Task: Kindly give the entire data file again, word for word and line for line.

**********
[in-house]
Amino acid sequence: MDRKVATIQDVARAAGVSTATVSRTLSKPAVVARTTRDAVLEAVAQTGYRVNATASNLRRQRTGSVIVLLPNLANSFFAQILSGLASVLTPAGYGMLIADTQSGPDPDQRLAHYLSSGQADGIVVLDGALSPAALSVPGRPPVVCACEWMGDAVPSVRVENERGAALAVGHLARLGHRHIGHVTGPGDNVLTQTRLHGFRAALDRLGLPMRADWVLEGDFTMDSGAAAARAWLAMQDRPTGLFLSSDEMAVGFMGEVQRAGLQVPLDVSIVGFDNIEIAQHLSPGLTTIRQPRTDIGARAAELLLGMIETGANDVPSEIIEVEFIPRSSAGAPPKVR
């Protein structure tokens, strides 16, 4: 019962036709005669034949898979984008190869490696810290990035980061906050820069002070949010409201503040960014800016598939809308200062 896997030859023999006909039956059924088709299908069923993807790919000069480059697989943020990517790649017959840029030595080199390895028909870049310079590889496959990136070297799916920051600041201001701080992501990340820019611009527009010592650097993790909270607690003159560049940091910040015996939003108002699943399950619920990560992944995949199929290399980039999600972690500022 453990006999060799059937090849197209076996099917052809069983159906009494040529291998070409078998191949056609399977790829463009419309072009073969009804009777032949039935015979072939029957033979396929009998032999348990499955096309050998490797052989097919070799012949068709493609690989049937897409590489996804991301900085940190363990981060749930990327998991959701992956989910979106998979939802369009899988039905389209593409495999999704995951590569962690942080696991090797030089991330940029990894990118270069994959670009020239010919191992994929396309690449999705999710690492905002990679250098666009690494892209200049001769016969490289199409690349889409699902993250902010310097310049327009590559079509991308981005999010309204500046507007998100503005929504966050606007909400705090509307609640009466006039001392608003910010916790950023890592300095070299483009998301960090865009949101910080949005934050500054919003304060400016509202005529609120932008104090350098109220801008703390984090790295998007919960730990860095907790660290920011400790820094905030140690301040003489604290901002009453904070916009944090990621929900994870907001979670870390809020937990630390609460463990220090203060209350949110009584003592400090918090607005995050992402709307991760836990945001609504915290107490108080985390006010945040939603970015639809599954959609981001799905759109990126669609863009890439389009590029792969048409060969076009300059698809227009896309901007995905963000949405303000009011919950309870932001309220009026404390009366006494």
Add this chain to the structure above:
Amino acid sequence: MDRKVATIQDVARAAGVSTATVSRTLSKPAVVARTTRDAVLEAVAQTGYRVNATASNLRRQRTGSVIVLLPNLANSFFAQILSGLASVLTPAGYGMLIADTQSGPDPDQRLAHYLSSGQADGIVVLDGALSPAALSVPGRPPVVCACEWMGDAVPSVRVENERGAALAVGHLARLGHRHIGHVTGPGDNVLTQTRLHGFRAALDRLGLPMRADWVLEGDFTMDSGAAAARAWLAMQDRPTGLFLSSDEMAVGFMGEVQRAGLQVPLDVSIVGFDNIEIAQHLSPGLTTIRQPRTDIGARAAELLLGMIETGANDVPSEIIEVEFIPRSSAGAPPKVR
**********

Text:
[in-house]
Amino acid sequence: MDRKVATIQDVARAAGVSTATVSRTLSKPAVVARTTRDAVLEAVAQTGYRVNATASNLRRQRTGSVIVLLPNLANSFFAQILSGLASVLTPAGYGMLIADTQSGPDPDQRLAHYLSSGQADGIVVLDGALSPAALSVPGRPPVVCACEWMGDAVPSVRVENERGAALAVGHLARLGHRHIGHVTGPGDNVLTQTRLHGFRAALDRLGLPMRADWVLEGDFTMDSGAAAARAWLAMQDRPTGLFLSSDEMAVGFMGEVQRAGLQVPLDVSIVGFDNIEIAQHLSPGLTTIRQPRTDIGARAAELLLGMIETGANDVPSEIIEVEFIPRSSAGAPPKVR
């Protein structure tokens, strides 16, 4: 019962036709005669034949898979984008190869490696810290990035980061906050820069002070949010409201503040960014800016598939809308200062 896997030859023999006909039956059924088709299908069923993807790919000069480059697989943020990517790649017959840029030595080199390895028909870049310079590889496959990136070297799916920051600041201001701080992501990340820019611009527009010592650097993790909270607690003159560049940091910040015996939003108002699943399950619920990560992944995949199929290399980039999600972690500022 453990006999060799059937090849197209076996099917052809069983159906009494040529291998070409078998191949056609399977790829463009419309072009073969009804009777032949039935015979072939029957033979396929009998032999348990499955096309050998490797052989097919070799012949068709493609690989049937897409590489996804991301900085940190363990981060749930990327998991959701992956989910979106998979939802369009899988039905389209593409495999999704995951590569962690942080696991090797030089991330940029990894990118270069994959670009020239010919191992994929396309690449999705999710690492905002990679250098666009690494892209200049001769016969490289199409690349889409699902993250902010310097310049327009590559079509991308981005999010309204500046507007998100503005929504966050606007909400705090509307609640009466006039001392608003910010916790950023890592300095070299483009998301960090865009949101910080949005934050500054919003304060400016509202005529609120932008104090350098109220801008703390984090790295998007919960730990860095907790660290920011400790820094905030140690301040003489604290901002009453904070916009944090990621929900994870907001979670870390809020937990630390609460463990220090203060209350949110009584003592400090918090607005995050992402709307991760836990945001609504915290107490108080985390006010945040939603970015639809599954959609981001799905759109990126669609863009890439389009590029792969048409060969076009300059698809227009896309901007995905963000949405303000009011919950309870932001309220009026404390009366006494």
Add this chain to the structure above:
Amino acid sequence: MDRKVATIQDVARAAGVSTATVSRTLSKPAVVARTTRDAVLEAVAQTGYRVNATASNLRRQRTGSVIVLLPNLANSFFAQILSGLASVLTPAGYGMLIADTQSGPDPDQRLAHYLSSGQADGIVVLDGALSPAALSVPGRPPVVCACEWMGDAVPSVRVENERGAALAVGHLARLGHRHIGHVTGPGDNVLTQTRLHGFRAALDRLGLPMRADWVLEGDFTMDSGAAAARAWLAMQDRPTGLFLSSDEMAVGFMGEVQRAGLQVPLDVSIVGFDNIEIAQHLSPGLTTIRQPRTDIGARAAELLLGMIETGANDVPSEIIEVEFIPRSSAGAPPKVR